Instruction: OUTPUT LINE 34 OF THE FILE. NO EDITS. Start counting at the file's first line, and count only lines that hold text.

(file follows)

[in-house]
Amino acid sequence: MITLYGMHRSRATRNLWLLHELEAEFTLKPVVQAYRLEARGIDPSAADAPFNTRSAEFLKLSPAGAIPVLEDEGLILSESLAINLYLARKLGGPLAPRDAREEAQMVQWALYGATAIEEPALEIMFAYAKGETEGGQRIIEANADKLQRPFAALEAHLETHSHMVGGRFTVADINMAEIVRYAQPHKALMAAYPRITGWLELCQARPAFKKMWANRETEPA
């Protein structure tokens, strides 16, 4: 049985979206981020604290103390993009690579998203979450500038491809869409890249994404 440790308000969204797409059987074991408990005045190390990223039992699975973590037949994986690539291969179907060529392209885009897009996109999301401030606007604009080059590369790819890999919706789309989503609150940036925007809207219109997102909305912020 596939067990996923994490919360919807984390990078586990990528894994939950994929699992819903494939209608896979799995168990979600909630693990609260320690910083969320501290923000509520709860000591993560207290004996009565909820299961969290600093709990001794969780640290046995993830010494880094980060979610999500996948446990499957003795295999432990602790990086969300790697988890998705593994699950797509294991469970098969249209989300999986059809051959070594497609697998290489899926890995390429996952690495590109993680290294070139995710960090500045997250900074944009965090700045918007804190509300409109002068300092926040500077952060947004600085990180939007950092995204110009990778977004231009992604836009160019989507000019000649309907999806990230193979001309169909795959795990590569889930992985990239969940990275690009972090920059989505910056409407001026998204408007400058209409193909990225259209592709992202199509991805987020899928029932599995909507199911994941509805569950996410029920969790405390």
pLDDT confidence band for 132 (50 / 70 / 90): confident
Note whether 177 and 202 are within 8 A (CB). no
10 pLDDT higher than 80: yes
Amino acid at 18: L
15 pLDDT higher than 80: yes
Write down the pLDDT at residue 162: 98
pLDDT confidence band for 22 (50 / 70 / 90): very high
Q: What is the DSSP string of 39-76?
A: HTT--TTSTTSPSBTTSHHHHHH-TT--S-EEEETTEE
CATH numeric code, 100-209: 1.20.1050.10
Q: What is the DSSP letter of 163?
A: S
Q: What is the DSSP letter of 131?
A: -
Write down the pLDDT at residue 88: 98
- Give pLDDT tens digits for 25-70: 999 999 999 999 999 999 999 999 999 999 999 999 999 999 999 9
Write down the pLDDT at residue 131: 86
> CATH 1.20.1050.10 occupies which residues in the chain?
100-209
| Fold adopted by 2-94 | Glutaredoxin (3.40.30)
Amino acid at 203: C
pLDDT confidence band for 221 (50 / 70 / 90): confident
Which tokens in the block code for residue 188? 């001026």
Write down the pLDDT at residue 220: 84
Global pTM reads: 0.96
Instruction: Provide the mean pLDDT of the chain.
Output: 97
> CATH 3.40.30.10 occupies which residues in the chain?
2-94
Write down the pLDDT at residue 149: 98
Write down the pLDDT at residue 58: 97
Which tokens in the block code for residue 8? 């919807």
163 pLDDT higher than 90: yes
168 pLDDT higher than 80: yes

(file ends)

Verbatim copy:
Write down the pLDDT at residue 58: 97